Orthodox vs Heterodox Economics

Orthodox (mainstream) and heterodox economics are two different approaches to understanding economic systems. But, it is important to note that both approaches have a lot of diversity and that economists from both camps may share some common ground on certain issues. Here are the key differences between mainstream and heterodox economics:

Orthodox EconomicsHeterodox Economics
Emphasizes mathematical models and formal analysis.Emphasizes interdisciplinary analysis and diverse methods.
Focuses on market equilibrium as a central concept in understanding the economy.Criticizes the idea of market equilibrium as unrealistic and oversimplifying.
Tends to rely on the assumption of rational behavior by individuals and firms.Criticizes rational behavior as unrealistic and instead emphasizes bounded rationality, social norms, and psychological biases.
Emphasizes the importance of economic growth and efficiency.Emphasizes the distributional aspects of economic policies and outcomes.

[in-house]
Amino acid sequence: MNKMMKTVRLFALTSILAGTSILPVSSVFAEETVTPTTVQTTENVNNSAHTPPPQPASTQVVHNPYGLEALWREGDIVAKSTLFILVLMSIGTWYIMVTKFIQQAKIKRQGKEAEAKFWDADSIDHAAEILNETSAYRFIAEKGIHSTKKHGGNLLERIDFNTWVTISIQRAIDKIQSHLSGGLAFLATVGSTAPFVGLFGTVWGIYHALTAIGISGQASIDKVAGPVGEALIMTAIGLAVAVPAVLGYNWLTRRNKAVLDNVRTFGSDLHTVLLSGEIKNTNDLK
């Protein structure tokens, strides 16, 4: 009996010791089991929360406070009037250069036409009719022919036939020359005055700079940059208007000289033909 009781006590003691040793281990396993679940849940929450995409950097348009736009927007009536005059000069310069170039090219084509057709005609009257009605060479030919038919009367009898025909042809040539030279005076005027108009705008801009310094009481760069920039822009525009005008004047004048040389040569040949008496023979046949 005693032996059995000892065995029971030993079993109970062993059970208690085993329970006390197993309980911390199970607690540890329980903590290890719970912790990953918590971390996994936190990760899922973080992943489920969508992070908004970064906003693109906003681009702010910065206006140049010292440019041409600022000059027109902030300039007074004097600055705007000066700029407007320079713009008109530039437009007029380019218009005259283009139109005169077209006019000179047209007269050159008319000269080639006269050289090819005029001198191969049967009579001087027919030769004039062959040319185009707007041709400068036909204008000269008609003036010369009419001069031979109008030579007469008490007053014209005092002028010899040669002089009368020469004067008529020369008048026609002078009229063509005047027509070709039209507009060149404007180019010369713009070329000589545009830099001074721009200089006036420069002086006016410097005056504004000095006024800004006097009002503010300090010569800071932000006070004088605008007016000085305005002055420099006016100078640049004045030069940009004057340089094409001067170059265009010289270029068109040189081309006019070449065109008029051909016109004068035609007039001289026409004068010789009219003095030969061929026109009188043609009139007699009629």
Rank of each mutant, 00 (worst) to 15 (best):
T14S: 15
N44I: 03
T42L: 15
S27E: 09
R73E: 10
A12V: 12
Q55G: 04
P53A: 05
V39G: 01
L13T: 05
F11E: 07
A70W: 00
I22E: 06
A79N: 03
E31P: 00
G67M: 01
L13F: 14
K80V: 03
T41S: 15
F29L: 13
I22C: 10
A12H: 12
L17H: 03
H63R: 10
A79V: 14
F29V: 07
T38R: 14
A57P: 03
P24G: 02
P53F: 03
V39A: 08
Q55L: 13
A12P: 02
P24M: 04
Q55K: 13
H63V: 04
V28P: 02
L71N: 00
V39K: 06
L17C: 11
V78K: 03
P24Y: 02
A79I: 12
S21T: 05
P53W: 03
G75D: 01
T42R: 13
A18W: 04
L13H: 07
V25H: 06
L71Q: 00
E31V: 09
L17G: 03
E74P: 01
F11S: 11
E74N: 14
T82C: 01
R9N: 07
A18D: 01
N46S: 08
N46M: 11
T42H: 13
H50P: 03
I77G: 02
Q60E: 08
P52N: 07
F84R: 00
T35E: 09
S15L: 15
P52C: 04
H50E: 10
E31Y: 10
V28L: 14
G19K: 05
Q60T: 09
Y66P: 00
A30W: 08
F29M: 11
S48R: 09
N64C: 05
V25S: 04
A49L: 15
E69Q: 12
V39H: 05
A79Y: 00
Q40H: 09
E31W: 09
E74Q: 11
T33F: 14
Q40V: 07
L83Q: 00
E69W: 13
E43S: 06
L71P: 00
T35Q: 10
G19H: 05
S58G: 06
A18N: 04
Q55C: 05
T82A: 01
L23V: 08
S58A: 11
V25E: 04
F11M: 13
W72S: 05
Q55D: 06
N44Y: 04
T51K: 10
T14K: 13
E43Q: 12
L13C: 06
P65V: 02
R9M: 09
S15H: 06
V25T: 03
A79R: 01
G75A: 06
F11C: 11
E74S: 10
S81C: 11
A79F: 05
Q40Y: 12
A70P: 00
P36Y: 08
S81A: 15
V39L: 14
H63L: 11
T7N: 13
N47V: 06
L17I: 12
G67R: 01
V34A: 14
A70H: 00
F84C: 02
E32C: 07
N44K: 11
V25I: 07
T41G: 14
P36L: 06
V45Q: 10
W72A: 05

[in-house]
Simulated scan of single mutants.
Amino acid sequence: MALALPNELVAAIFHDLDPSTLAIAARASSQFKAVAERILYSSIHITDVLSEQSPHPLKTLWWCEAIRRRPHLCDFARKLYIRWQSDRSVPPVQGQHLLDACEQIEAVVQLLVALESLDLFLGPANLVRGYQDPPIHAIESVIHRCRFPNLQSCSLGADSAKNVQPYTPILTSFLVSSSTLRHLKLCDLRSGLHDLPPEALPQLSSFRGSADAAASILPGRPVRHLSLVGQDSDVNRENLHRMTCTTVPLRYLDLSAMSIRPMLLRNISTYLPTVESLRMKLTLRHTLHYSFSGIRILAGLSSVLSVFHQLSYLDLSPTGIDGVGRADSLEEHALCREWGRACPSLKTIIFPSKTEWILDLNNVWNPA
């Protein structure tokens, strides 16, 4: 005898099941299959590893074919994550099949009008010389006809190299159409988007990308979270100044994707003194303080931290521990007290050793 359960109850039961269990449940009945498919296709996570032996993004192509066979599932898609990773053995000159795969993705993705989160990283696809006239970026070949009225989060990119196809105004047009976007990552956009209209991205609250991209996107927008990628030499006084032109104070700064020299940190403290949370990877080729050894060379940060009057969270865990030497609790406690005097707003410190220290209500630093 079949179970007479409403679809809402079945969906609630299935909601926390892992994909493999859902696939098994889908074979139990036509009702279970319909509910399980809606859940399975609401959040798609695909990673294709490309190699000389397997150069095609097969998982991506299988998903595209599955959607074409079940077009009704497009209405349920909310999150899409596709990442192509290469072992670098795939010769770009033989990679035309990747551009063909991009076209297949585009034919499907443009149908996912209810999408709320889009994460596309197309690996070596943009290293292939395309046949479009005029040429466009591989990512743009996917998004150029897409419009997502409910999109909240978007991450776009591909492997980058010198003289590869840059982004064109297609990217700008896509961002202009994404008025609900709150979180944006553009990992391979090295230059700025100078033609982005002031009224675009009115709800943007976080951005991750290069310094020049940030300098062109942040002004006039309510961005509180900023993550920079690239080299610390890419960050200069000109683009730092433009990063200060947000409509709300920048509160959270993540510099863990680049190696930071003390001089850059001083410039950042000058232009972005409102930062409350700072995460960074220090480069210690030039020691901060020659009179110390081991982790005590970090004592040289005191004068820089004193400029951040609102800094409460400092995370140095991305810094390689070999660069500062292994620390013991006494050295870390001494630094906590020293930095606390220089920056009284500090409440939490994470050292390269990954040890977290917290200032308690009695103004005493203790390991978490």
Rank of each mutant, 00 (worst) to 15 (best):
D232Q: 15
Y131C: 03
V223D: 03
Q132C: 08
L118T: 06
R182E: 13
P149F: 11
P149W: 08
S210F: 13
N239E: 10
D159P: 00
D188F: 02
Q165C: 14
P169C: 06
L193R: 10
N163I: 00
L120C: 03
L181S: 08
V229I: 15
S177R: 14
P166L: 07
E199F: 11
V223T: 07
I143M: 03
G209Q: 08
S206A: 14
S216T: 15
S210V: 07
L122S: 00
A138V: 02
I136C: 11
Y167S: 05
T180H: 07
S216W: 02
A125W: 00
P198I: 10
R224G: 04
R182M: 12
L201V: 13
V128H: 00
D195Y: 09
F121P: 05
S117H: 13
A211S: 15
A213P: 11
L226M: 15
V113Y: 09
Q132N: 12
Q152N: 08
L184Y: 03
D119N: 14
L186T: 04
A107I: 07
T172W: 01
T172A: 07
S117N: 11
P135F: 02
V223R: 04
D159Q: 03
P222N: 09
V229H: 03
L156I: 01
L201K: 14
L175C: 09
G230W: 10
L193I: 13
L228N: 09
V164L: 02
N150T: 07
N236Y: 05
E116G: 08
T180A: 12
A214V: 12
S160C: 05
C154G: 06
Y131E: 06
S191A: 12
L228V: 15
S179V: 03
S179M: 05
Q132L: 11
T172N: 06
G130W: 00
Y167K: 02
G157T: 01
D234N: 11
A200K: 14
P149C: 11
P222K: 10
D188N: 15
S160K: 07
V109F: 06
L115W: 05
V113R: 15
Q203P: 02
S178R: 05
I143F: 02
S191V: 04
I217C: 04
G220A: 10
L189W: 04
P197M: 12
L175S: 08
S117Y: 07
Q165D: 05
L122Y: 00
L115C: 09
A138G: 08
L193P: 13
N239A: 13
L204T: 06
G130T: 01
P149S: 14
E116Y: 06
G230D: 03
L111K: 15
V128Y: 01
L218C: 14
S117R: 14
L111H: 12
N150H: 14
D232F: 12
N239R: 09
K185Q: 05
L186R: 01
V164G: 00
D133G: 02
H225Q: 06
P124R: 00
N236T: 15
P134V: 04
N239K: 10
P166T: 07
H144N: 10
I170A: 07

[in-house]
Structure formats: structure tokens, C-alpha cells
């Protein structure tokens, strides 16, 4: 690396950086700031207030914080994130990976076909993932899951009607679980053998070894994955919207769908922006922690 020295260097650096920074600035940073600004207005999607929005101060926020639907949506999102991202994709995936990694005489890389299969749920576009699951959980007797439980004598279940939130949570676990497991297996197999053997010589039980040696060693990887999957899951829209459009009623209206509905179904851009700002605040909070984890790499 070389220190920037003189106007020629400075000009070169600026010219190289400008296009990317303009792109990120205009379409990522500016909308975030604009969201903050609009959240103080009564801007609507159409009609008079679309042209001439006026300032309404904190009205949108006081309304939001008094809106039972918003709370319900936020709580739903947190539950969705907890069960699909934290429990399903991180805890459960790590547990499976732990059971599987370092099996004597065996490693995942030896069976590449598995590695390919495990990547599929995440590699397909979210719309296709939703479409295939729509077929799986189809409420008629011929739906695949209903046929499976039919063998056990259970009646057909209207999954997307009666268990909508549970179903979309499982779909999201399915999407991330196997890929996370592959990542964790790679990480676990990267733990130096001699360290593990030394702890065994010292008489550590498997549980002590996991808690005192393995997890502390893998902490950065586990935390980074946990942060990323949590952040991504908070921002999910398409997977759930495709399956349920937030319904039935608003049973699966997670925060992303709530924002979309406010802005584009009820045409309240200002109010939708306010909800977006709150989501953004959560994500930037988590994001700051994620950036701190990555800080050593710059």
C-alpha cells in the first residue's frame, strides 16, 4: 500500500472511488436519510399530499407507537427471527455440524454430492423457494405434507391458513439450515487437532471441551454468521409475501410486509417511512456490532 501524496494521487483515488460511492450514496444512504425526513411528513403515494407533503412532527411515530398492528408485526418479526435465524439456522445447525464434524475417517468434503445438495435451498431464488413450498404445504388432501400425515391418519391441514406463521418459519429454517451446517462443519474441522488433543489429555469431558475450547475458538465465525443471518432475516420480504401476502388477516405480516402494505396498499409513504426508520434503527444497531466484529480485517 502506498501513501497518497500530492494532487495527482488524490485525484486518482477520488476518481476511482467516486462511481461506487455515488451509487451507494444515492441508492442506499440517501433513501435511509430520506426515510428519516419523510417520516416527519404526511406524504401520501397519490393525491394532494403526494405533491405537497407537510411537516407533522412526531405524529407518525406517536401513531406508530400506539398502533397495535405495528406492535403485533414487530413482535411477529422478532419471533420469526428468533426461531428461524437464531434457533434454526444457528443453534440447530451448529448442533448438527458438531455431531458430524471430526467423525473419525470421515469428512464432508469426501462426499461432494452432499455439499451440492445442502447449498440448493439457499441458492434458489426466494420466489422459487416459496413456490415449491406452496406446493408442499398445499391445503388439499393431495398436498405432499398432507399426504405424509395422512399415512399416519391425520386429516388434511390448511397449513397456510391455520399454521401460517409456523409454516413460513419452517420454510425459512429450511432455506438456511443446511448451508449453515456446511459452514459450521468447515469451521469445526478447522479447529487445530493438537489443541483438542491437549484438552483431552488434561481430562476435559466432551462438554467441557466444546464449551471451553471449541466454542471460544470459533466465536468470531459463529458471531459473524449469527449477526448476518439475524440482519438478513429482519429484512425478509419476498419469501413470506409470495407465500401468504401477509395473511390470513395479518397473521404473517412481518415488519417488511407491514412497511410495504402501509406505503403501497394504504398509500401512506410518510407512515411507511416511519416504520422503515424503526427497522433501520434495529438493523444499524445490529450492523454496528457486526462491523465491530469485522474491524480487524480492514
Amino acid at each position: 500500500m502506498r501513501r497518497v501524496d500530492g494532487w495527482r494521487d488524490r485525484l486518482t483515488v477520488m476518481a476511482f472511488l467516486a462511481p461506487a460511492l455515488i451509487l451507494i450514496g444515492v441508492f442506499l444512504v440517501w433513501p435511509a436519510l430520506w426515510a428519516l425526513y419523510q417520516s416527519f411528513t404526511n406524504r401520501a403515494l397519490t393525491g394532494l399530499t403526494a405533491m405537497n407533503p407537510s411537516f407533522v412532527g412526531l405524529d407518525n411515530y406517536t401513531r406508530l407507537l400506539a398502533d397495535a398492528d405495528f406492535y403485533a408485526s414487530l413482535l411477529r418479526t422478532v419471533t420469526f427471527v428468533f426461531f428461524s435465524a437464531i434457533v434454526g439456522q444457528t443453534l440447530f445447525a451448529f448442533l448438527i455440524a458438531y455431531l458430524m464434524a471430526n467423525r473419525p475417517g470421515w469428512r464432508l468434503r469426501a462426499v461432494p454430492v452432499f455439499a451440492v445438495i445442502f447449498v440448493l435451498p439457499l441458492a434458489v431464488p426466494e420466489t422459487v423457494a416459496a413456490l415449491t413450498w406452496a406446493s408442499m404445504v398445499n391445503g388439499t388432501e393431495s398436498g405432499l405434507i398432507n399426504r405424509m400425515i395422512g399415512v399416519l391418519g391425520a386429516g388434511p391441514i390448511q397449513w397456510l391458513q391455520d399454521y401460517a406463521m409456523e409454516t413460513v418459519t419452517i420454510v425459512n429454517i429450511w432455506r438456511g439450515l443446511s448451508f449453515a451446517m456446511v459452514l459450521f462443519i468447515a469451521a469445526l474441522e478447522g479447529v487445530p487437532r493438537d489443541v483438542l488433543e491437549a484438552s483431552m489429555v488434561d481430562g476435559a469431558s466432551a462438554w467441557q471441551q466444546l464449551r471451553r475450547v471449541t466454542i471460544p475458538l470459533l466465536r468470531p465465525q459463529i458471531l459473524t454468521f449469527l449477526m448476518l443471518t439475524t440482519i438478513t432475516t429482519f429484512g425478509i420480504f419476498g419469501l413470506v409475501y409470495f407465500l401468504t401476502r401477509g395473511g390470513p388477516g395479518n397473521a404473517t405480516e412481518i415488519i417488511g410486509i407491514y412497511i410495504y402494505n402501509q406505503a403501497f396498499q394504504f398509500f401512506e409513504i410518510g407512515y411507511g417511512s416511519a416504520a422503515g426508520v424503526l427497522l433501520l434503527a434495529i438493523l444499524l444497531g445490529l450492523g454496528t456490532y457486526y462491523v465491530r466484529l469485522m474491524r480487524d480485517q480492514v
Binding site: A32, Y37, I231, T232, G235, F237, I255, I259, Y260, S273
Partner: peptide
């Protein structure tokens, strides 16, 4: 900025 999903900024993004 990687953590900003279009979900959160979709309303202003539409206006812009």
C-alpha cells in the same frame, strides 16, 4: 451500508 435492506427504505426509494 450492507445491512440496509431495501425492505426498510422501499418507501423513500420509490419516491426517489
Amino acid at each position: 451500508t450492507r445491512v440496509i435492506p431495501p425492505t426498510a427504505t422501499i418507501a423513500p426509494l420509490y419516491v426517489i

Tends to prioritize the role of the market and private property in the economy.Criticizes the idea of free markets and private property as inherently biased and emphasizes the importance of state intervention, public goods, and common property.
Emphasizes the role of monetary policy and central banks in stabilizing the economy.Criticizes monetary policy as being limited in effectiveness and instead emphasizes fiscal policy and government intervention in addressing economic fluctuations.
Emphasizes the idea of comparative advantage in international trade.Criticizes the idea of comparative advantage as being limited and emphasizes the role of power relations, technological change, and historical context in shaping trade patterns.